Tickets for events can be purchased in advance online below or by phone via the Box Office on 089 436 9868.
Tickets will also be available in advance in Kells from the BOOK MARKet Café (11am-3pm Tuesday to Saturday) and in Trim from Antonia’s Bookstore (tel – 046 943 7532).
During the festival, ticket collection and sales are available at the ticket office in Kells Theatre on Kenlis Place. For further information on visiting Kells and the Festival, please call 089 436 9868.
In 2016 Alan Gernon’s book Retired took a peek inside the world of the former professional footballer, and didn’t paint a pretty picture of life after retirement. Two years later Alan’s focus has switched to the world of the agent, deadline day and the instability of a footballer's life, in The Transfer Market: the Inside Stories. Here he explores the often dizzying movement of players between professional football clubs, and asks who benefits from these transactions. Spoiler alert, it’s often not the players!In conversation with David Sheehan (LMFM)
Rosemary Smith is undoubtedly one of the icons of modern Irish sport. As a champion rally driver in the 1960s and 1970s she competed with her male counterparts .. and won. In 1965 she famously beat all comers, male and female, in the Tulip Rally in the Netherlands. She was a regular competitor in the Monte Carlo and the Circuit of Ireland rallies and also braved the tortuous London-Sydney marathon (7000 miles and 11 countries). She recently published an account of her racing life, Driven. The only question is why it took her so long to record such an extraordinary career. She still likes to drive fast!In conversation with Myles Dungan
Inspiring the theme of this festival, the Tailteann Aonach is still central to the Irish psyche, the inspiration behind our heroes' successes in the competitive fields of sports, the arts, and warfare throughout the ages. A Kells native, Chris Murphy has carried out extensive research on the rich history of the town and its local hinterland. The holder of a BA in Journalism and MSc in International Development, Chris has also spent many years among numerous diverse cultures, from the rural fishing communities of the Mekong River and the cattlemen of Rwanda. These experiences, combined with his study of the ancient Tailteann Aonach have helped him uncover the key role the fair’s myths and legends continue to play in Ireland’s cultural development to this very day; Teltown is the birthplace of our national identity.
As Olympic rowers, their appearances in their respective finals came at completely different times in their lives. Sam Lynch was barely out of his teens in Atlanta in 1996 when he rowed in the Lightweight Mens Four final in Atlanta and finished agonisingly out of the medals. Sinead Lynch was staring down the barrel of forty, and a mother of three, when she made her appearance in the 2016 Rio final of the Lightweight Womens Double sculls. Both, however, won World Championships in Lightweight Single Sculls in 2001, Sam added a second gold medal the following year.In conversation with Myles Dungan
After an international sporting career in water polo Sarah Keane gave up her job as a solicitor to become the first CEO of Swim Ireland in 2004, during a difficult period for Irish swimming. In 2016 she took the reins of the Olympic Council of Ireland from its controversial former President, Pat Hickey after the Rio ticketing debacle? Sarah has capably steered the organisation (now the Olympic Federation of Ireland) into calmer waters since her appointment. Sarah has a particular passion for gender inclusivity in sport and is one of the motive forces behind Swim Ireland’s #WePlay: Inspiring Girls in Sport.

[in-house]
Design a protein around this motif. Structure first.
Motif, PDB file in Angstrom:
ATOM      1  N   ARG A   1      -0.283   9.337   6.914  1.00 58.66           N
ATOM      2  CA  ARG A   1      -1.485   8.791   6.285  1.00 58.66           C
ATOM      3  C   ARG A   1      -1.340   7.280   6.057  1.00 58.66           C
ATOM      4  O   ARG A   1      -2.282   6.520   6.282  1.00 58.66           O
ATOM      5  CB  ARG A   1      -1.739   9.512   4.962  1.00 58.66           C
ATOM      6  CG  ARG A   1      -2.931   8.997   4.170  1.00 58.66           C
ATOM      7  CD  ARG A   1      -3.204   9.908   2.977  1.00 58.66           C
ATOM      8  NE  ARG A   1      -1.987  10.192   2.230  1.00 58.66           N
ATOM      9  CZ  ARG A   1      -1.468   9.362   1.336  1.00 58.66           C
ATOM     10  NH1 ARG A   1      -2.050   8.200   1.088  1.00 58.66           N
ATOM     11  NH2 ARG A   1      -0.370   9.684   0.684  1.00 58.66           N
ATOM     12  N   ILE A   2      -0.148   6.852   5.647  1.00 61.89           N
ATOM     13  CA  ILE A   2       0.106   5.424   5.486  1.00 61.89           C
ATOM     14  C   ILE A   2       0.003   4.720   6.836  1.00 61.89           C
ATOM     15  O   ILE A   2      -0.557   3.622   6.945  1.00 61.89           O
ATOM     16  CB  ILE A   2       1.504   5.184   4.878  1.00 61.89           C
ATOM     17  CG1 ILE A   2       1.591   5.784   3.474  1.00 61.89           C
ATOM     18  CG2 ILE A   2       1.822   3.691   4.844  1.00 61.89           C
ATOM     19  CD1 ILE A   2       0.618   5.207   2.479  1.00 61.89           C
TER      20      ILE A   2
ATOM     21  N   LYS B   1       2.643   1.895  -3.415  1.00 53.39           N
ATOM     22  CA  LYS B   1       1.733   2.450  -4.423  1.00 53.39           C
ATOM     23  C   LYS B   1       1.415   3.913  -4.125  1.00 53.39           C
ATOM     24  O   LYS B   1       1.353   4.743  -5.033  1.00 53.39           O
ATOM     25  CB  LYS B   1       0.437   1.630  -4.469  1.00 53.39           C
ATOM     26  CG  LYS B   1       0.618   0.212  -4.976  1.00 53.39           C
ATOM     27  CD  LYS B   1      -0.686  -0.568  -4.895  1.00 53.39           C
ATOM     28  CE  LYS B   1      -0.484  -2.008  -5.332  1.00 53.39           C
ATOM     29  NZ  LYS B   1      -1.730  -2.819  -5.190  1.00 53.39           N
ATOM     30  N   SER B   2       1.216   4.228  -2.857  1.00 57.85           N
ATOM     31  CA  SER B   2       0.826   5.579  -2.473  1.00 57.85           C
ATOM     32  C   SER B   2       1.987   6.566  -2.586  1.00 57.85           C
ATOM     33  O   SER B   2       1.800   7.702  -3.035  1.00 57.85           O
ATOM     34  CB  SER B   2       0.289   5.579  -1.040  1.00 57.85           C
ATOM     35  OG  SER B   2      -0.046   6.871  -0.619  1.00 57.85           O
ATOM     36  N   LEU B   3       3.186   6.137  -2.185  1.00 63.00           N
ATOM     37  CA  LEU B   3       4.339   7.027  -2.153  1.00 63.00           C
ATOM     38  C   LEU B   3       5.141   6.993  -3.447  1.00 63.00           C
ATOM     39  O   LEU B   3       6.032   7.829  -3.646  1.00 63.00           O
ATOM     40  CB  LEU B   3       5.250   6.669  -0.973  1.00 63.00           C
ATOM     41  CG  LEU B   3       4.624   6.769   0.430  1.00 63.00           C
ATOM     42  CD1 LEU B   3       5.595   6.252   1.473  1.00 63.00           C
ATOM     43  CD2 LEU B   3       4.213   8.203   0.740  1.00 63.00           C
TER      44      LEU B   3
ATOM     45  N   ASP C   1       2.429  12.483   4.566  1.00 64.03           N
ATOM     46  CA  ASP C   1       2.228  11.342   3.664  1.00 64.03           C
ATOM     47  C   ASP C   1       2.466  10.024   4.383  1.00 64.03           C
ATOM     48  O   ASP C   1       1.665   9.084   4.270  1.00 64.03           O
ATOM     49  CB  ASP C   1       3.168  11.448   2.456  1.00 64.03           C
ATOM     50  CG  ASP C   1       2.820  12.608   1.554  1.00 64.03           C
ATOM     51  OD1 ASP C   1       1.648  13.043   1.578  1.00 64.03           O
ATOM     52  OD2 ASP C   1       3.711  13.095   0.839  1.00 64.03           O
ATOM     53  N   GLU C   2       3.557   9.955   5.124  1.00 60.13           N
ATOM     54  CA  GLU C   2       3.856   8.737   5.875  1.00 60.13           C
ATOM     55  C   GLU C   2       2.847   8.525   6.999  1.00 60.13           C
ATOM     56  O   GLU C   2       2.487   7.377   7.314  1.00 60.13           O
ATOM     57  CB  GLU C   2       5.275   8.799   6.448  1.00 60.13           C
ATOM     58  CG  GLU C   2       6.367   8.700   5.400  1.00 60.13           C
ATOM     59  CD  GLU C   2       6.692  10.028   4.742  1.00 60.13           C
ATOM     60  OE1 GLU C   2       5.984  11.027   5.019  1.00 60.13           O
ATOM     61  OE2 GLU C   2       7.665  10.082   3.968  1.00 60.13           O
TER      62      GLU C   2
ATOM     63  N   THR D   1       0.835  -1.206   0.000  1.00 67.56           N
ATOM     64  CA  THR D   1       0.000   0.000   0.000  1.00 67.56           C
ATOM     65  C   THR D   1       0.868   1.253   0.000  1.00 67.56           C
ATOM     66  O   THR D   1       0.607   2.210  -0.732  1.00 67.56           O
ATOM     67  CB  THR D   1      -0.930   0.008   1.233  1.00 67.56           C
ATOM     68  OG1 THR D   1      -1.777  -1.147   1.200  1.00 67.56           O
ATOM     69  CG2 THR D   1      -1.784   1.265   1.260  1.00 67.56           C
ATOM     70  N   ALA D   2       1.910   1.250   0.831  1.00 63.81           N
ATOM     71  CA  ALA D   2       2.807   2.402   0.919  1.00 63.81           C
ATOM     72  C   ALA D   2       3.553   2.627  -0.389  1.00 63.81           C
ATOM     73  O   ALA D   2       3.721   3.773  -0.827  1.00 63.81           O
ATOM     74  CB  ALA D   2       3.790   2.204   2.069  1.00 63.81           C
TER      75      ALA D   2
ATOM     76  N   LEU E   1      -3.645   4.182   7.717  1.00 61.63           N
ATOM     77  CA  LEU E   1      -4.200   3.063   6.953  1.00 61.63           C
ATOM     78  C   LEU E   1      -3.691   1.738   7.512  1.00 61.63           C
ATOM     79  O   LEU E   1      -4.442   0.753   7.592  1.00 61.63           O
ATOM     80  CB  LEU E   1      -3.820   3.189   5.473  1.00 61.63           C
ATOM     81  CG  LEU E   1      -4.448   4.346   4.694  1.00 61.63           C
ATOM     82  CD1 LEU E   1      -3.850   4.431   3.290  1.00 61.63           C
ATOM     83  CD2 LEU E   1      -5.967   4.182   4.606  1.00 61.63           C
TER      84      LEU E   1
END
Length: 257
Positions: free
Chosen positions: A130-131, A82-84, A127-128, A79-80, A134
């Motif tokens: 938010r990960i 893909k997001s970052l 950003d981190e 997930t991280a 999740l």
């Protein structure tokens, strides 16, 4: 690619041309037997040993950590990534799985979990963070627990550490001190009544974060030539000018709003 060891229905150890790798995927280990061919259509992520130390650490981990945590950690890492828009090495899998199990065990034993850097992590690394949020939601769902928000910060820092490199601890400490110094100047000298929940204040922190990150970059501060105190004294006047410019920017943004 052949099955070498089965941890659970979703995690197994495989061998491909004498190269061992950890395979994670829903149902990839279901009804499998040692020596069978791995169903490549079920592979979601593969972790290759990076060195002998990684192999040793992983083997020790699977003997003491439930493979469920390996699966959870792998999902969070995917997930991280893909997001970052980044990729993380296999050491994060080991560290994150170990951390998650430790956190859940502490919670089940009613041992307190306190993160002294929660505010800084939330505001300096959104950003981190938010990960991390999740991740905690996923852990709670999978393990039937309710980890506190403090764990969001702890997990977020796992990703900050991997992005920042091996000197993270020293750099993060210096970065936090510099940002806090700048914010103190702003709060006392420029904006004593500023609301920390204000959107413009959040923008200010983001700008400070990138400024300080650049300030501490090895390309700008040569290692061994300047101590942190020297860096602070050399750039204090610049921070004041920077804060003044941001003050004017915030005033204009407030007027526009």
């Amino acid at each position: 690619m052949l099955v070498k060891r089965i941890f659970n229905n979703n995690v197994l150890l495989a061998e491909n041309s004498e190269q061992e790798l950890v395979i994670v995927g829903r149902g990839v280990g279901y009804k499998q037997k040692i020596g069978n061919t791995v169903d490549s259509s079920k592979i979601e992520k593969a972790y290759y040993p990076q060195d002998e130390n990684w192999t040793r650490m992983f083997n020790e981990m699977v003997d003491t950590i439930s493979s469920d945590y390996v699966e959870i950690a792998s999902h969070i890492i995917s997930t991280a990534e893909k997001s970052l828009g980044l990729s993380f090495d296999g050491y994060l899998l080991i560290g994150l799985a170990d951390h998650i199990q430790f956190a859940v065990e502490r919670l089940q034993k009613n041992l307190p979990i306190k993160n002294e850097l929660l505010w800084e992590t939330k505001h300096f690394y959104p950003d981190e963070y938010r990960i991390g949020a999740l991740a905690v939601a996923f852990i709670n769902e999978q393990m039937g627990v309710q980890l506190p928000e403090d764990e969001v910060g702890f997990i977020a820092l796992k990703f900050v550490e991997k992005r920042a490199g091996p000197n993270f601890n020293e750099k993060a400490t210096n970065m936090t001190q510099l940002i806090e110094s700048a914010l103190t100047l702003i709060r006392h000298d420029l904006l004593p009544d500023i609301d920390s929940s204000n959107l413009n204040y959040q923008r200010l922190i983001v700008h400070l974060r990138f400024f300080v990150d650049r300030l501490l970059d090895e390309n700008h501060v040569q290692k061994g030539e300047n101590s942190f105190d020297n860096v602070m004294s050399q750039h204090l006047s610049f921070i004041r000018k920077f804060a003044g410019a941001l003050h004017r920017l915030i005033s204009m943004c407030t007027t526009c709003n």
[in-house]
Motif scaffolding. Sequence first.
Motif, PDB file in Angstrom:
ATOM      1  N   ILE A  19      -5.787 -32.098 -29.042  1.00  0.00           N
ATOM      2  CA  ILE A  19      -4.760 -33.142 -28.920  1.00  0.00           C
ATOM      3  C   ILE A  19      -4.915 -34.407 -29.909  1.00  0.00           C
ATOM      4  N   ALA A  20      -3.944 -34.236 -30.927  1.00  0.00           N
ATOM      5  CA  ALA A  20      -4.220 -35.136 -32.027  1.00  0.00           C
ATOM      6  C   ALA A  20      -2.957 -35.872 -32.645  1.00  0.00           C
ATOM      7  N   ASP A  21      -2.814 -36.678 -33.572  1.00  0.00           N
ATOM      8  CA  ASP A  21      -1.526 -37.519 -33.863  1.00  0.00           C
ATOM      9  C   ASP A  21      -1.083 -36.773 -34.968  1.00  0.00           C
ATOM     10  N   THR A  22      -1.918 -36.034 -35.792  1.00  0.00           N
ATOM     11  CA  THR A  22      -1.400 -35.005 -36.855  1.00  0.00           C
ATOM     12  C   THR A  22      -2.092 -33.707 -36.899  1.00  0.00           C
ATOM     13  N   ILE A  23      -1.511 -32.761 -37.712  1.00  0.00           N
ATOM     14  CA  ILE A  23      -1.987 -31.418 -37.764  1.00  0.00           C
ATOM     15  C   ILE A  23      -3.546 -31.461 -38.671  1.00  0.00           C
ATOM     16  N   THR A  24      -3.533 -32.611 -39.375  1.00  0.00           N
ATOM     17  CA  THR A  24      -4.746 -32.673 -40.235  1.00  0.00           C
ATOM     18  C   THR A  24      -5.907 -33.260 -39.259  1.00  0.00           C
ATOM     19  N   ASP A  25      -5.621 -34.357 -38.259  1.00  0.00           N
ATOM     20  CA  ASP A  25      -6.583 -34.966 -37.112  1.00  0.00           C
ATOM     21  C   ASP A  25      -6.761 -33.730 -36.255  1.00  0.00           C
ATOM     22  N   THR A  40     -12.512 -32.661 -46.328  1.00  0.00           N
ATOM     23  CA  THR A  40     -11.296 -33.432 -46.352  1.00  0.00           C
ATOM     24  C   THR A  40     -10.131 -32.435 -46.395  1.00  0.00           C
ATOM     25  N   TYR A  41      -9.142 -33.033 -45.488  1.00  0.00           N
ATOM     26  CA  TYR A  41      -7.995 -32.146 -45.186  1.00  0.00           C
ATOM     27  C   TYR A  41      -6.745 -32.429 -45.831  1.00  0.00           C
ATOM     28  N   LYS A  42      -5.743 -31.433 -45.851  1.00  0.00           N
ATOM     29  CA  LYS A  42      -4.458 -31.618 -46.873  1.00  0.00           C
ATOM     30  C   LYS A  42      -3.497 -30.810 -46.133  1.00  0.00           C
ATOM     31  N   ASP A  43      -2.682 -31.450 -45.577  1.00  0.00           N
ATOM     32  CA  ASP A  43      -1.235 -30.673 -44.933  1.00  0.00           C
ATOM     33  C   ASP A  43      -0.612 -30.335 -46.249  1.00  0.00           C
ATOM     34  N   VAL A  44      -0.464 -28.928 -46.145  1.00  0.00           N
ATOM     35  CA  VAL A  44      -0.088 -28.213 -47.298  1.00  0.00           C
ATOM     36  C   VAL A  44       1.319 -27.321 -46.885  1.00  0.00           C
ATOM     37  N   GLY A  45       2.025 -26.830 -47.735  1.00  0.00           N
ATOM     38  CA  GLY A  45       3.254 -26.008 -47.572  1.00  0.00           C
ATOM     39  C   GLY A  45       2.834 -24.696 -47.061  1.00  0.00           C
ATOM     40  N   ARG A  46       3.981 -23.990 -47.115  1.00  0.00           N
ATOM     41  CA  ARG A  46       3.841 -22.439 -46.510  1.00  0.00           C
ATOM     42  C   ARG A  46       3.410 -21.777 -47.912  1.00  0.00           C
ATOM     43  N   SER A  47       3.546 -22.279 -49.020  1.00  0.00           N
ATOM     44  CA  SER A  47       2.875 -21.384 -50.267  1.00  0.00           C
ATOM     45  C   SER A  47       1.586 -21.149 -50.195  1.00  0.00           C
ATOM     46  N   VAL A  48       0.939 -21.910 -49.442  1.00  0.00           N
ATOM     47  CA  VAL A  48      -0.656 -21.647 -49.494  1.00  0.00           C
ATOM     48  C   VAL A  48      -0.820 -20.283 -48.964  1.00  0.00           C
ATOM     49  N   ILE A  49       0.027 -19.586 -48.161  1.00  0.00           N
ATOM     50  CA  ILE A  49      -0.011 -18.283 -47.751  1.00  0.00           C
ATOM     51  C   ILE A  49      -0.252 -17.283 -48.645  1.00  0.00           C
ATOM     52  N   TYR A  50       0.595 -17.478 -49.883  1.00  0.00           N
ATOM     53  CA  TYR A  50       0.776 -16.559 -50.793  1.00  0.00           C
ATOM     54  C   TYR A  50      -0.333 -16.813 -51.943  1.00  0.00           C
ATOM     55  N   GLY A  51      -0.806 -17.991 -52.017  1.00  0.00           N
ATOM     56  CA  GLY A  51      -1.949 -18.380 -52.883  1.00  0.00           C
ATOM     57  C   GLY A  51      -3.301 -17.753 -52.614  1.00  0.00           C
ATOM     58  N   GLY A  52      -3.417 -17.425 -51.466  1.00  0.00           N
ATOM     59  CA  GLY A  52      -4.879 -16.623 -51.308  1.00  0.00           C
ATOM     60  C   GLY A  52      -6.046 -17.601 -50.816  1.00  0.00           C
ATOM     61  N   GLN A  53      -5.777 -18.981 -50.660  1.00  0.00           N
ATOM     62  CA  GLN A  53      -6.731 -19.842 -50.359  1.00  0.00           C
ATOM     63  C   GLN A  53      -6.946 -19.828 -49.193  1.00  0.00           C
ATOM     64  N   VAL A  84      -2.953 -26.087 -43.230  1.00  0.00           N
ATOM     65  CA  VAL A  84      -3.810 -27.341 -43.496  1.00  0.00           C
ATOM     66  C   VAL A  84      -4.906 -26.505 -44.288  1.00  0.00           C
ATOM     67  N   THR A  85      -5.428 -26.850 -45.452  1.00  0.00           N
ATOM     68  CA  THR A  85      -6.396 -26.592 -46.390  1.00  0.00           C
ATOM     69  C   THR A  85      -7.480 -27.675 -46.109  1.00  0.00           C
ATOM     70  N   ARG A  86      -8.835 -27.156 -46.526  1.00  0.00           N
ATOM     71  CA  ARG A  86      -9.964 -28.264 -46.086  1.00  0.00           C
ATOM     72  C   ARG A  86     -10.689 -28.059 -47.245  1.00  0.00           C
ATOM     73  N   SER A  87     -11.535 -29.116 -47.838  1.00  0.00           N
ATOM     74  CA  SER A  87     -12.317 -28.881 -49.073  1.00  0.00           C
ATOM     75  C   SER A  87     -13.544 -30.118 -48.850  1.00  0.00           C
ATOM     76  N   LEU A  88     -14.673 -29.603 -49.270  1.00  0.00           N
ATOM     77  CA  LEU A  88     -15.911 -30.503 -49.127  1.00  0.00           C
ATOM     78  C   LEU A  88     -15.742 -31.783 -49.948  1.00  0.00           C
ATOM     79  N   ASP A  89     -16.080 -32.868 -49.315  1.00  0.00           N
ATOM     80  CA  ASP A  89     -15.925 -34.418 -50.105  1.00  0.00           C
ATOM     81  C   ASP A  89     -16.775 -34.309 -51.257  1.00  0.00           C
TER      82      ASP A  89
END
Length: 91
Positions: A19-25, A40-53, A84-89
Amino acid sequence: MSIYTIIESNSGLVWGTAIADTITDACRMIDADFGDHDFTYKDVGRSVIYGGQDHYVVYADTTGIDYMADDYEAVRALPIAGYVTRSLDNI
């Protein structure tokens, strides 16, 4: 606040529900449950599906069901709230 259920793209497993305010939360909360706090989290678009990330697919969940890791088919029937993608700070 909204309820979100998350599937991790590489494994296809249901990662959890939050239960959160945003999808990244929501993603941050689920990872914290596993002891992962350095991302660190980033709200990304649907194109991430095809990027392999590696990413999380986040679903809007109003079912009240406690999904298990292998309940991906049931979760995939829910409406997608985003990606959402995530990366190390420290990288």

In conversation with Sinead Lynch
Despite all the successes of our female sporting heroes it is still possible to pick up the eight page weekend sports supplement of one of our national newspapers and find not a single word written by a female journalist, or a single sentence covering a women’s sporting event! So, we ask the question, have women crossed the gain line in Irish sport?
Sarah O’Connor is Head of Sport at WHPR and is former Chief Executive of the Federation of Irish Sport (the representative association for Ireland sports governing bodies).
Alison Stewart is a rugby player who has been capped thirty six times for Ireland.
Sinead Finnegan is a Dublin footballer and holder of two All-Ireland winners medals.
Sarah Ennis is a horsewoman, a star in the world of eventing and a team silver medallist at the 2018 World Championships.In conversation with Deirdre Hurley
Our rugby players have never done it. Neither have our soccer players. Male or female. But the summer of 2018 belonged to the Irish Women’s Hockey Team when dedication, team spirit, determination, consummate skill and that smattering of luck to which all good teams are entitled, brought them to the final of the Hockey World Cup. Joining us will be the side’s assistant coach, Colin Stewart.In conversation with Olivia Duff
Paul Kimmage is one of Ireland’s best known and most passionate sports journalists.
He is best known for his award-winning sporting autobiography Rough Ride, published in 1990, which laid bare the issue of drug-taking in the professional cycling peloton and won the prestigious William Hill Sports Book of the Year award. In 2011 Paul’s collaboration with the tetraplegic English rugby player, Matt Hampson, Engage, won Paul a second William Hill Sports Book of the Year award. He will talk about ‘The joys of ghost writing’.In conversation with Myles Dungan